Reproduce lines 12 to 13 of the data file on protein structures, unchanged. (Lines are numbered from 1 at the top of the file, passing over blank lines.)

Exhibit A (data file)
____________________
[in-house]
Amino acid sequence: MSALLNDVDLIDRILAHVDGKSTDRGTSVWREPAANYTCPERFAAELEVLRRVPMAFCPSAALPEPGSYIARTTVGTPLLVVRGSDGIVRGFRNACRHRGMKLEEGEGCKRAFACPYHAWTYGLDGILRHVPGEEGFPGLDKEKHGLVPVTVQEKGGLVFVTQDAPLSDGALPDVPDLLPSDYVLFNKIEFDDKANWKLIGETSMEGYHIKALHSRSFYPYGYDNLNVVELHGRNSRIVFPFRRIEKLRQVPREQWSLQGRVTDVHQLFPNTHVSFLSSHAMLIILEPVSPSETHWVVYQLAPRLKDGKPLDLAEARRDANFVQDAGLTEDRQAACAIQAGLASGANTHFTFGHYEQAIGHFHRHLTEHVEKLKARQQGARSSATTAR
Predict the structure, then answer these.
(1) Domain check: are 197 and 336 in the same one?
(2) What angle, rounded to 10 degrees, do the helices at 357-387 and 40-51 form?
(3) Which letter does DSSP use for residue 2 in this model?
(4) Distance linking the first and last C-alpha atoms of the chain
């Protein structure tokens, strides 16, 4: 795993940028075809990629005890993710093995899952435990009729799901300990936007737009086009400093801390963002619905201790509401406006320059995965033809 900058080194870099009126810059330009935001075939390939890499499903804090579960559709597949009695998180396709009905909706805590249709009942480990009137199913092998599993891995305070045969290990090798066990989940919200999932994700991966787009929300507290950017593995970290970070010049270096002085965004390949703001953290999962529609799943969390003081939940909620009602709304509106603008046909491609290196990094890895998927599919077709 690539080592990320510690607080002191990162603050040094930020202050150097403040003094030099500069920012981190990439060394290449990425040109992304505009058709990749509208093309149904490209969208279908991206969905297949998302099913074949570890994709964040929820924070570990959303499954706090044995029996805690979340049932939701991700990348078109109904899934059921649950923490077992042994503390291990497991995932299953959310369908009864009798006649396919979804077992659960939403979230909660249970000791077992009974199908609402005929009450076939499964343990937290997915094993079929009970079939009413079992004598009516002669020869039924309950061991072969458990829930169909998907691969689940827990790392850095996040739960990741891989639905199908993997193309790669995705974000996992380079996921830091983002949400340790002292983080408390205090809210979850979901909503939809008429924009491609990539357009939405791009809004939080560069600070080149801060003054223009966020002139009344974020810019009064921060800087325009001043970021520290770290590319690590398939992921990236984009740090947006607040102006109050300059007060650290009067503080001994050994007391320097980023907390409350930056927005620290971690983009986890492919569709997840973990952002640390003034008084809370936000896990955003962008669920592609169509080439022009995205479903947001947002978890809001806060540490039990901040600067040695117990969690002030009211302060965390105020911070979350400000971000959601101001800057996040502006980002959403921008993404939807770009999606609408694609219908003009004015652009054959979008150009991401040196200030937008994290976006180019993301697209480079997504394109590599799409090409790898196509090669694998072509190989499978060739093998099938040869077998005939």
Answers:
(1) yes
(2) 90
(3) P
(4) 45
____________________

(3) P
(4) 45